Trinidad and Tobago Cabinet reshuffle has little effect on murder rate

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Dear Sir:

Given eight gruesome murders in the early days of 2020 suggesting a murder rate this year close to, or exceeding 2019, it is now pellucidly clear that Edmund Dillon based on his performance was a much better minister of national security than minister Stuart Young.

Minister Young cannot PR himself out of a crime crisis. Neither can attorney general Faris Al Rawi legislate our country out of its crime situation.

Time and time again we have been through this charade where citizens are hoodwinked into believing something is being done to combat the crime problem. Every minister that has held the national security portfolio under this inept administration has failed but minister Young is by far the worse.

It is incumbent on prime minister Keith Rowley to apologise to minister Dillon for removing him from that critical ministry and replacing him with a  clueless and incompetent successor.

During minister Dillon’s 36 months tenure, annual murders were 410, 463 and 494. Comparatively speaking under minister Young, it has been 516, 538 and trending upwards.

Why retain minister Young in your recent Cabinet restructuring with murders exceeding 500 but fire minister Dillon earlier with a much better track record?

Are your decisions data-driven?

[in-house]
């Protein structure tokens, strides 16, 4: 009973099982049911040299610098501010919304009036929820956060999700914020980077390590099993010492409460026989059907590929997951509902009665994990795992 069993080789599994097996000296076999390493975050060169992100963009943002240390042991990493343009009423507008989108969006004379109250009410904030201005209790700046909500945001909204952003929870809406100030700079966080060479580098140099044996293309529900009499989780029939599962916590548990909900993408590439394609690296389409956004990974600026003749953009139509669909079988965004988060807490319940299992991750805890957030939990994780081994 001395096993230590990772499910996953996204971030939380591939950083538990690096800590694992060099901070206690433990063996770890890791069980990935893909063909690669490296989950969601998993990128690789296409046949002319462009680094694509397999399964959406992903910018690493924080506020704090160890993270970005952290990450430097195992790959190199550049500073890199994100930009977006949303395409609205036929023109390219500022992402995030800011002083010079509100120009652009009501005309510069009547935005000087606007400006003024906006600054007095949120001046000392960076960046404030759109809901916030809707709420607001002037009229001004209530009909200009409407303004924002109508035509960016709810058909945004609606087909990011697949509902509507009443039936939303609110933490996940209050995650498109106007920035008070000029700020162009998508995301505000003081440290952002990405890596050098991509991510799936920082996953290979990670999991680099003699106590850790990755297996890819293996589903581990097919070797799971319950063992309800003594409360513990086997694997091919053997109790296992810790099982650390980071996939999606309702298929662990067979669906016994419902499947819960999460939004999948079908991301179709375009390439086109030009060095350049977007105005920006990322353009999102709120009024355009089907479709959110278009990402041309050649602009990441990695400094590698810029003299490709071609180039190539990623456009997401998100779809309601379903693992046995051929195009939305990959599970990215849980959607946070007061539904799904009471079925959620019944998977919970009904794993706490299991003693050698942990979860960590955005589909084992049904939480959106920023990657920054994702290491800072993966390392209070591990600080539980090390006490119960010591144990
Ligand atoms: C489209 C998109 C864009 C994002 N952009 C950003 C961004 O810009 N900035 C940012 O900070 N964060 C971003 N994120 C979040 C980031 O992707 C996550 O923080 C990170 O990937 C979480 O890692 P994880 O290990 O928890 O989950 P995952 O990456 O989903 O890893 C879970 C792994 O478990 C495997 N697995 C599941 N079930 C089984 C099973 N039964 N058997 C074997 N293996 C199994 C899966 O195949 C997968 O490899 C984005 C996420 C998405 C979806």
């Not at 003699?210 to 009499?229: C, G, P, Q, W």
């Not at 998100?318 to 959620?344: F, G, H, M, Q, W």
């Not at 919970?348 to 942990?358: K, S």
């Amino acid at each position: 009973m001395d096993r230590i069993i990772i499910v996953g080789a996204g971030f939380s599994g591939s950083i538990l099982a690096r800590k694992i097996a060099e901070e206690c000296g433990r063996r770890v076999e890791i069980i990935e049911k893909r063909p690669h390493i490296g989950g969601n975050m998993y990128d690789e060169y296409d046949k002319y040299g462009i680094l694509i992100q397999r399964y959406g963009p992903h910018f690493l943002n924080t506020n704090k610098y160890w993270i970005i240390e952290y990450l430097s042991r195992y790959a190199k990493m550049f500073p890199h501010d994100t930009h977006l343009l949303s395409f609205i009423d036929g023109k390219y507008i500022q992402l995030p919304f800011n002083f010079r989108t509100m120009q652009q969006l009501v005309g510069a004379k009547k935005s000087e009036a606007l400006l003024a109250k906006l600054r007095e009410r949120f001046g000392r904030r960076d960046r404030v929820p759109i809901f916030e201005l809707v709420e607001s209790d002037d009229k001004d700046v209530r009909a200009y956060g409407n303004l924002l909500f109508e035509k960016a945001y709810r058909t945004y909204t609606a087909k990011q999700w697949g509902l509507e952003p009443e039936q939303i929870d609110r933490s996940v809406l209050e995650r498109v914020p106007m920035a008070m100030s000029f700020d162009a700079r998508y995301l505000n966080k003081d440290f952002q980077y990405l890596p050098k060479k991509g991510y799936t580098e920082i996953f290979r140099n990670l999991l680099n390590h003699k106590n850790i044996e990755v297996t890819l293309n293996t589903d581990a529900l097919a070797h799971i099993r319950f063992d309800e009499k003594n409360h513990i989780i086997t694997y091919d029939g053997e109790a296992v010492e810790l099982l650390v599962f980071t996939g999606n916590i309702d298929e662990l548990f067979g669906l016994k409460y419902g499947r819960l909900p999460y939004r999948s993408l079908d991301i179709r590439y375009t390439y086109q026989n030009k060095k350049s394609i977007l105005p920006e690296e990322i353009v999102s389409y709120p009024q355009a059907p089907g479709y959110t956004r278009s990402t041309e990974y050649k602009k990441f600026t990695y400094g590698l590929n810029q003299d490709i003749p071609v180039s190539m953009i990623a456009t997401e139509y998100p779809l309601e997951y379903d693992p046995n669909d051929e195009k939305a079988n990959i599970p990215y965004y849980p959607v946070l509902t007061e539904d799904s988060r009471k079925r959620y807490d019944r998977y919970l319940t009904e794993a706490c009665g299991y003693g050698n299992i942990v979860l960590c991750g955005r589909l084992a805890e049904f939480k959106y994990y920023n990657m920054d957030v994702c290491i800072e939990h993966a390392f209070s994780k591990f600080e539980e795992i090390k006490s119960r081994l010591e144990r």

Minister Young’s performance comparatively speaking is even worse than Martin Joseph’s who was minister of national security from 2007 to 2010.

While under minister Joseph in 2008, annual murders reached its highest ever of  550 yet by 2009 it was down to 509. So while minister Joseph has the record for the highest murder rate at least he appeared engineering a reduction.

This government has spent billions of dollars on National Security – new vehicles, new stations, high-tech equipment, bullet-proof vests, tasers, pepper spray and more. But you cannot purchase your way out of a crime situation. You will succeed only by employing the best management tools with specific, measurable, achievable,  relevant and time-specific goals.

As an example, the government recently gave 200 motorbikes to The Trinidad and Tobago Police Service (TTPS) with no measurable performance targets.

Should these Chinese donated motorbikes not be given to divisions in return for an identified police response time of say 30 minutes?

Should the increased number of police officers assigned to Municipal Corporations not be tied to some measurable goal like at least one visit per year by these officers to each residence in the Corporation in support of community policing initiatives?

We are in a crisis and it is clear that minister Young lacks the experience, qualifications and track record to reduce crime. He is not up to the task of reducing our murder rates. He should therefore either be fired or reassigned.

Rodney Charles

Member of Parliament, Naparima

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